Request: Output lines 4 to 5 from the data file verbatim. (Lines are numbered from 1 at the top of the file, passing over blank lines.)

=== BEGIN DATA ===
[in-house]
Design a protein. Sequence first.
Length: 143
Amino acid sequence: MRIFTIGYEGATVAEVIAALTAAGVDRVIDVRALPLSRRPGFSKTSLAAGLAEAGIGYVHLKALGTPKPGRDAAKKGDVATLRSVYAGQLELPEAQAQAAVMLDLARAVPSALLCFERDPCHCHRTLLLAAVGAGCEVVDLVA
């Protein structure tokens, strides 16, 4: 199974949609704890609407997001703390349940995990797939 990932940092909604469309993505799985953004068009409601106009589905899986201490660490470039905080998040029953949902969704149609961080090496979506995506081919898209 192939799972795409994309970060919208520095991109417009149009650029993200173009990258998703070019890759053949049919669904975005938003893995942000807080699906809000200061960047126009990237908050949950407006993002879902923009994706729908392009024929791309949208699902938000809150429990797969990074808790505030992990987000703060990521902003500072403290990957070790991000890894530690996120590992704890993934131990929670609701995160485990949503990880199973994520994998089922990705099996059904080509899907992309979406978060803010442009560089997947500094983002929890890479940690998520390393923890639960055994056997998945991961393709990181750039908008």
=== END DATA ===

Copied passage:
Amino acid sequence: MRIFTIGYEGATVAEVIAALTAAGVDRVIDVRALPLSRRPGFSKTSLAAGLAEAGIGYVHLKALGTPKPGRDAAKKGDVATLRSVYAGQLELPEAQAQAAVMLDLARAVPSALLCFERDPCHCHRTLLLAAVGAGCEVVDLVA
């Protein structure tokens, strides 16, 4: 199974949609704890609407997001703390349940995990797939 990932940092909604469309993505799985953004068009409601106009589905899986201490660490470039905080998040029953949902969704149609961080090496979506995506081919898209 192939799972795409994309970060919208520095991109417009149009650029993200173009990258998703070019890759053949049919669904975005938003893995942000807080699906809000200061960047126009990237908050949950407006993002879902923009994706729908392009024929791309949208699902938000809150429990797969990074808790505030992990987000703060990521902003500072403290990957070790991000890894530690996120590992704890993934131990929670609701995160485990949503990880199973994520994998089922990705099996059904080509899907992309979406978060803010442009560089997947500094983002929890890479940690998520390393923890639960055994056997998945991961393709990181750039908008």